In the accompanying drawing, which illustrates the invention, a constructionale'xample is given of an instrument for gau g bolt threads in the said subjective use. igare lis an elevational and partly a central section through the instrument, Figure 2 the side elevation of a partial section along. line AA in Figure 1, and Figure 3 a diagram of the part shown by Figure 2. l 96 The instrument has a foot 1 with a bearing 2. By means of a pointed screw 4a bolt 3 is fixed inthis bearing 2. The bolt 3 is provided with a carrier 5 attaching to a framelike stage 6. On the stage 6 is provided a 00 slide 7 which is displaceable on a slide guide 8. The displacement is effected by means of a knob 10 provided with a wheel 9 which, through the agency of a. spindle 11 rotatably disposed in the stage 6, acts on a nut piece 12 fast with the slide. For measuring the dis placements, the stage 6 has a scale 13 and the wheel 9 a scale 14 to which belongs an index 15 provided on the stage 6. The slide 7 moves in a slide guide 16 disposed at right angles to the slide guide 8. For holding the bolt thread to be gauged, 18, the slide guide 16 carries a fixing device 17 which allows of being displaced by means of aspindle 19 provided in the stage 7 and acting on a nut piece 20 fast with the fixing device 17. The spindle -19 is provided with a wheel 21 having a scale 22 and a knob 23. To the scale 22 belongs .an index 24 fixed to the slide 7 which is provided also with a scale 25. The slide 7 has a longitudinal aperture 26 extending in the direction of displacement of the stage 6, and, owing to the frame-like construction of its base plate 27 the fixing device 17 allows the passage of light over the greater part of its surface. An angular graduation 28 on the carrier 5, which coacts with an index 29, serves for adjusting the stage 6 in an inclined position.
The bolt 3 goes through a nave 30 which turns on "it and carries the index 29. ,By means of arms 31. and 32, respectively, the
.nave 30 is rigidly connected with a microscope tube having an objective 34 and an eyepiece 35,, which permits of being adjusted in the well known manner by means of a milled head 36, and with an illuminating device projecting from below a pencil of parallel rays into the objective 34; The illuminating device consists of an iris diaphragm 37, a rectangular isoscelesreflecting prism 38 and a converging lens 39 the focal plane of which corresponds to the plane of the iris diaphragm 39. The optical parts 37, 38, and 39 are provided in a casing 40 at the end of the arm 32 in such a manner that the optical axis of the lens 39 coincides with the axis of the tube 33.
The bolt thread to be gauged, 18, is set up in the fixing device 17 in the manner explained in the drawing. Hereuporrthe bolt 18 is given the position required for gauging by displacing the cross slides 7, 16 by means of the heads 10 and 23, and the angle of inclination of the thread 18 is adjusted on the graduation 28 by means of the index 29, for which purpose the arms 31, 32 have to be sponds to the pitch of the thread 18. The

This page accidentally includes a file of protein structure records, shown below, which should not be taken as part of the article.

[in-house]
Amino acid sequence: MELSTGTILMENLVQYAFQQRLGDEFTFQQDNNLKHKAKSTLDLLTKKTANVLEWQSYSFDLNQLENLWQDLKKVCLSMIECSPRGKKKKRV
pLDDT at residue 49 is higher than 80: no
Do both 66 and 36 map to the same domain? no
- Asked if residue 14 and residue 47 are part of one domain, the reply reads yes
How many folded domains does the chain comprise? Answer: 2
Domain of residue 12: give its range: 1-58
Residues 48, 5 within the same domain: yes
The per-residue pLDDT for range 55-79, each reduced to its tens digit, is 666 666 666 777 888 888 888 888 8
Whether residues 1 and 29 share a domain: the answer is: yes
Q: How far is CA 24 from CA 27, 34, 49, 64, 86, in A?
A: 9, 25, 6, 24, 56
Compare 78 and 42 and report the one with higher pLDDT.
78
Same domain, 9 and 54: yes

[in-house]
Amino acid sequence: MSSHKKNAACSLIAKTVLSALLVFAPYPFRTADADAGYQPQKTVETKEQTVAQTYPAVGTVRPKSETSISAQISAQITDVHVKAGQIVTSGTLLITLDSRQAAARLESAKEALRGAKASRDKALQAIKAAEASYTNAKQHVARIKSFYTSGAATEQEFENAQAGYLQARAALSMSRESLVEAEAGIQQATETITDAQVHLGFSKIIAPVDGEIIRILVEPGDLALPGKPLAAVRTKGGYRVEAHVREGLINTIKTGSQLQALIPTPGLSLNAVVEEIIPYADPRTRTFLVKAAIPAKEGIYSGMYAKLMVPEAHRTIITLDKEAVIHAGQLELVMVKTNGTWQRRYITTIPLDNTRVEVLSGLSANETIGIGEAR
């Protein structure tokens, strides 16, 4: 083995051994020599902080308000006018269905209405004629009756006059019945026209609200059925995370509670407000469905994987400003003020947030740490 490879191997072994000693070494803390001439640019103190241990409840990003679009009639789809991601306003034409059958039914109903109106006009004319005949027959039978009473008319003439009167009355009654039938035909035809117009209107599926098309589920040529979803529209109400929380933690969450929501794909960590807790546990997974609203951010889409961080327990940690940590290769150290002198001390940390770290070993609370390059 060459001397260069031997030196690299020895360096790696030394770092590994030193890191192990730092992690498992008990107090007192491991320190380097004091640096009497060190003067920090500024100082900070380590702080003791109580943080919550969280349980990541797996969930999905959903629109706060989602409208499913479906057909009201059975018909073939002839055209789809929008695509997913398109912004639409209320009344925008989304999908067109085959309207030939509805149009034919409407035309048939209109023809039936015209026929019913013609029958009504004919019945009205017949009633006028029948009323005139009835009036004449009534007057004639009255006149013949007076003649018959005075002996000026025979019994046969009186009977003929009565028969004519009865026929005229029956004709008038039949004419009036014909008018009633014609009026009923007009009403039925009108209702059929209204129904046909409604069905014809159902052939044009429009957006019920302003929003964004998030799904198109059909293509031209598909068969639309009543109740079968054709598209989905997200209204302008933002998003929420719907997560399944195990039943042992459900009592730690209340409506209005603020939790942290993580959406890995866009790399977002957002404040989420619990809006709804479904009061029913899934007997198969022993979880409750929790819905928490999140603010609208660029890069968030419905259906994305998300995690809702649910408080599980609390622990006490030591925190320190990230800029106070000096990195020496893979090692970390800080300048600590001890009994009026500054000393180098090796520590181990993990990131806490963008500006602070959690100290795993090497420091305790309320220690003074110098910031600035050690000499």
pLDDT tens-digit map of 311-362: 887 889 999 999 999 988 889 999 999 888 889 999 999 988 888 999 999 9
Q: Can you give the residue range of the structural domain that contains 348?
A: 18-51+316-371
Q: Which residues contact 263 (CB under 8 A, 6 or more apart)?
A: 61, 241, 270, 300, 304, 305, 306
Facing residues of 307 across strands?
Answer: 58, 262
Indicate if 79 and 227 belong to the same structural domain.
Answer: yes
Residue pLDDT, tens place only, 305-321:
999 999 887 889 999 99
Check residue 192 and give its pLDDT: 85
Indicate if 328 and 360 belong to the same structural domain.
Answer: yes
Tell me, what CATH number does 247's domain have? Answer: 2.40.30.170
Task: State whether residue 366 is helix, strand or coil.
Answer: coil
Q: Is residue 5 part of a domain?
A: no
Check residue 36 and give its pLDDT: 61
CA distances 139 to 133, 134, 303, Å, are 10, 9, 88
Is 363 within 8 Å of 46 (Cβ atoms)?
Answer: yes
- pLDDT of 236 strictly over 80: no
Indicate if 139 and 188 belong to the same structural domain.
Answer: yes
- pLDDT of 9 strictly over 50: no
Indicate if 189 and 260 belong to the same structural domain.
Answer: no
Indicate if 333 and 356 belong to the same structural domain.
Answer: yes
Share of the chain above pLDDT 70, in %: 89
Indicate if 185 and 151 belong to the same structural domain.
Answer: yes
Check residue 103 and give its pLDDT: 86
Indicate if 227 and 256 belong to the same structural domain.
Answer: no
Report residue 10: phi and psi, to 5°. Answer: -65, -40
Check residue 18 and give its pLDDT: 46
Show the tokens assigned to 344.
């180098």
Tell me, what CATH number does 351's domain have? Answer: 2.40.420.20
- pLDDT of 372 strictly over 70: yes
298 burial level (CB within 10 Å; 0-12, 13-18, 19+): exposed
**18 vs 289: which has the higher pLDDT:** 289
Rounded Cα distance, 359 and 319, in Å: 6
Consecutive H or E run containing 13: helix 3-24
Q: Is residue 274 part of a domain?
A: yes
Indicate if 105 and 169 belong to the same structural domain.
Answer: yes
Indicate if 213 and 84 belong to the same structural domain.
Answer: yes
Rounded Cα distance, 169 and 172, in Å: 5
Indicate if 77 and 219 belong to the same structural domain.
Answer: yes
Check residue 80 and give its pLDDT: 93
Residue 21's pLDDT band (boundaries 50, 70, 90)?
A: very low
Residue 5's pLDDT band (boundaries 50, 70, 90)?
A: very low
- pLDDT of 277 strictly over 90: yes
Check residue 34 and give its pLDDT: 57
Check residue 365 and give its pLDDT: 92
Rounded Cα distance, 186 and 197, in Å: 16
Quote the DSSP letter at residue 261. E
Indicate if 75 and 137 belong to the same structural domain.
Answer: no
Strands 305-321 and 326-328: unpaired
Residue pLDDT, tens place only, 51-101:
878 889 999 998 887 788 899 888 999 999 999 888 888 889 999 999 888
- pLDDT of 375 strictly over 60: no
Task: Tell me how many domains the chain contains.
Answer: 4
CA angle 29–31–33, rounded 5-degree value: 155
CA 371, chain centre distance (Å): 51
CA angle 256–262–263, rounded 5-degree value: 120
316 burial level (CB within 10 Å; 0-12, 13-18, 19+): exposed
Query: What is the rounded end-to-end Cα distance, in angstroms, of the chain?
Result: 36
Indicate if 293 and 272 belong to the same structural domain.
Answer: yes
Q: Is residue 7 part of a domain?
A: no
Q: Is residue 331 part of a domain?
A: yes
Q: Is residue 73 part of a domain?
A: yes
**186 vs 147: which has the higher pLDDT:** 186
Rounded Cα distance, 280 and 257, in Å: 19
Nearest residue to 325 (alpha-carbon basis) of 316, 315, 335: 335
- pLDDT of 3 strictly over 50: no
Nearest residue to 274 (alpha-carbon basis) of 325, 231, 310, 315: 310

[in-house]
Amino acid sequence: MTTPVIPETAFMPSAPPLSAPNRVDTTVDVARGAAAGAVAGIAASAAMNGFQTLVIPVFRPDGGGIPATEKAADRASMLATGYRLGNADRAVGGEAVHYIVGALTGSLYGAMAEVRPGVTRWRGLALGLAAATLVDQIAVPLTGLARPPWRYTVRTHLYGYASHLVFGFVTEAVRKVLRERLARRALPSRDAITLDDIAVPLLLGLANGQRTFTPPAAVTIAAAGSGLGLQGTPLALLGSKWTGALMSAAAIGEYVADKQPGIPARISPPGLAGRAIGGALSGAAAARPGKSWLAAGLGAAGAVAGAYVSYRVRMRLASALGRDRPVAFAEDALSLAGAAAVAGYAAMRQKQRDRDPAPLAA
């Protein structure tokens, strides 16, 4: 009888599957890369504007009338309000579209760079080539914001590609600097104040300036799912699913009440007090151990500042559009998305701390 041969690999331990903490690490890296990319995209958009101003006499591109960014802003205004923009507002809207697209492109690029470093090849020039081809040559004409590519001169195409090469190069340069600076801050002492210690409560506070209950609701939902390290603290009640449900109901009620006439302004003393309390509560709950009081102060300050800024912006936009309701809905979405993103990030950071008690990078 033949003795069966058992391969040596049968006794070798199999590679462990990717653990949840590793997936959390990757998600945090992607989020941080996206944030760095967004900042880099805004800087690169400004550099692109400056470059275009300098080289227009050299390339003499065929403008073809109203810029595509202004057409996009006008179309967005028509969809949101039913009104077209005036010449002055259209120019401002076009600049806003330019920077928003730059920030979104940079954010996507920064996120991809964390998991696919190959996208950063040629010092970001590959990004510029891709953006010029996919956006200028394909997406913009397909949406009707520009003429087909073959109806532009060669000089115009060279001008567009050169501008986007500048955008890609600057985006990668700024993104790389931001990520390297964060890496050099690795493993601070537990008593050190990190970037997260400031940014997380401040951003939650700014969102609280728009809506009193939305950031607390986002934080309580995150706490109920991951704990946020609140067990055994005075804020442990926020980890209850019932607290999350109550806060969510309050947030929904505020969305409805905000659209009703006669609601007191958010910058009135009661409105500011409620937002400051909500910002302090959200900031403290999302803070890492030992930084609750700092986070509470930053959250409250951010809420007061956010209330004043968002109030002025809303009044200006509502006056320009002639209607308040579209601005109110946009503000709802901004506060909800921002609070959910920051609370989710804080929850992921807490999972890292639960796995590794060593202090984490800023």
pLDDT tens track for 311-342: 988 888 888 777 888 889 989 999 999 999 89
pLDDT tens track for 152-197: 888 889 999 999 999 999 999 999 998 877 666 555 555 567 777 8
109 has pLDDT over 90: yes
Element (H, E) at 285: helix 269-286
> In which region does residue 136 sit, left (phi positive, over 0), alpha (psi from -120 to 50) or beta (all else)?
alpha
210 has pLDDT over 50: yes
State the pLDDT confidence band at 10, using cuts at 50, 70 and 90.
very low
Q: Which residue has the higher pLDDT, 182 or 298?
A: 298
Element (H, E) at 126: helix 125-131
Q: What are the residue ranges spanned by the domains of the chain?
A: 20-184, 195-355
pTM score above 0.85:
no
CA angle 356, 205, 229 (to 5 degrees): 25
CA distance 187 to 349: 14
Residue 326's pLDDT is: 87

edge of the slide 7 and the scale 13 allow of taking a coarse 'readingof the value of the I said pitch, while the index 15 permits a fine which the index 24 points to.
Thos parts, of the instrument which are connected with the carrier 5, viz. the displacing and the fixing device, are not movable relatively to the surface supporting the apparatus, which is given by the feet. Instead of a fixing device 17 a simple plano-parallel glass plate may be placed on the slide guide 7, especially in the case of relatively'small work pieces 18. The iris diaphragm 37 is an aperture diaphragm for the pencil of illuminating rays. The mount of the converging lens 39 restricts the diameter of the pencil of illuminating rays and, consequently, acts as a diaphragm for the field of vision. In order to provide further reduction in the size of the field of vision a suitable diaphragm may be placed on the said mount. Naturally also an artificial source of light may be taken as an illuminant.
An instrument for gauging bolt threads, comprising a stand, afixing device for supporting the thread to be gauged, a device for illuminating the said thread, a microscope whose tube axis coincides with the axis of the pencil of illuminating rays, a device for displacing the thread to be gauged and for measuring the displacements, anda pivot, this pivot, the fixing device and the displacing device being rigidly connected with the stand, the illuminating device and the micro- "scope being rigidly connected to each other device.
turned on the bolt 3. Now, when displacing in the slide guide 8 the fixing device, 17 b means of the head 10 so long until the pos1-- tion of the image of a thread hob coincides in the field of vision of the microscope 33, 34,35 with the point that previously was in line with the image of the adjacent hob (or, in
case of double or multiplex threads, the next but one, etc.), the said displacement corre-